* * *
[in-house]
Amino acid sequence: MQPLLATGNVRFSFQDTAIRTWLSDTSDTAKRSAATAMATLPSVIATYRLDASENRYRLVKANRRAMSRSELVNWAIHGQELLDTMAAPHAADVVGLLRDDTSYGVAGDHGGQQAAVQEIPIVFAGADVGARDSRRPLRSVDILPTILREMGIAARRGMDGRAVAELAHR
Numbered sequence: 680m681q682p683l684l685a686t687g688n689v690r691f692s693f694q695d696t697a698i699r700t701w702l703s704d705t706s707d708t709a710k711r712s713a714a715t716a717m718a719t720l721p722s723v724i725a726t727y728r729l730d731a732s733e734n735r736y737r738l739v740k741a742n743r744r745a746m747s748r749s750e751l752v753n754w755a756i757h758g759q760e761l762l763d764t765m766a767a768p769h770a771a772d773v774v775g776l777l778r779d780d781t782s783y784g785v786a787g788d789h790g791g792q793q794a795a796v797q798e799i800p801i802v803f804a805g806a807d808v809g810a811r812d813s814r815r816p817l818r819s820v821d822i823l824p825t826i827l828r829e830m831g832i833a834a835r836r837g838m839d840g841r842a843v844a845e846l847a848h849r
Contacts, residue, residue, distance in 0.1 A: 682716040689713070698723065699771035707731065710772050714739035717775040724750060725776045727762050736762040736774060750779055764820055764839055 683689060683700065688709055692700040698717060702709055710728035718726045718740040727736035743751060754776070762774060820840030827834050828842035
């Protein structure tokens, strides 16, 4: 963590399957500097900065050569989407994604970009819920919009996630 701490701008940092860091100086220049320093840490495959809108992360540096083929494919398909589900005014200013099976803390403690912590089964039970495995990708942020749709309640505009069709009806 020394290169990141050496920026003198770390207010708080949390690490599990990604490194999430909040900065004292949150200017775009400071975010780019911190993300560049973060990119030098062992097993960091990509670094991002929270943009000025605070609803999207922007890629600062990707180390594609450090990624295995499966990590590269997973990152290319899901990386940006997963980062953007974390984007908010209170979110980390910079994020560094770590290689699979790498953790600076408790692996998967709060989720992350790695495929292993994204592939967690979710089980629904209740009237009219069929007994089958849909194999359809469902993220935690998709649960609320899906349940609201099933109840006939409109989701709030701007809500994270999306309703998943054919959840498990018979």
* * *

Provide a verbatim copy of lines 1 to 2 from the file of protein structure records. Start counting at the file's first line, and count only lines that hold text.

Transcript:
[in-house]
Amino acid sequence: MQPLLATGNVRFSFQDTAIRTWLSDTSDTAKRSAATAMATLPSVIATYRLDASENRYRLVKANRRAMSRSELVNWAIHGQELLDTMAAPHAADVVGLLRDDTSYGVAGDHGGQQAAVQEIPIVFAGADVGARDSRRPLRSVDILPTILREMGIAARRGMDGRAVAELAHR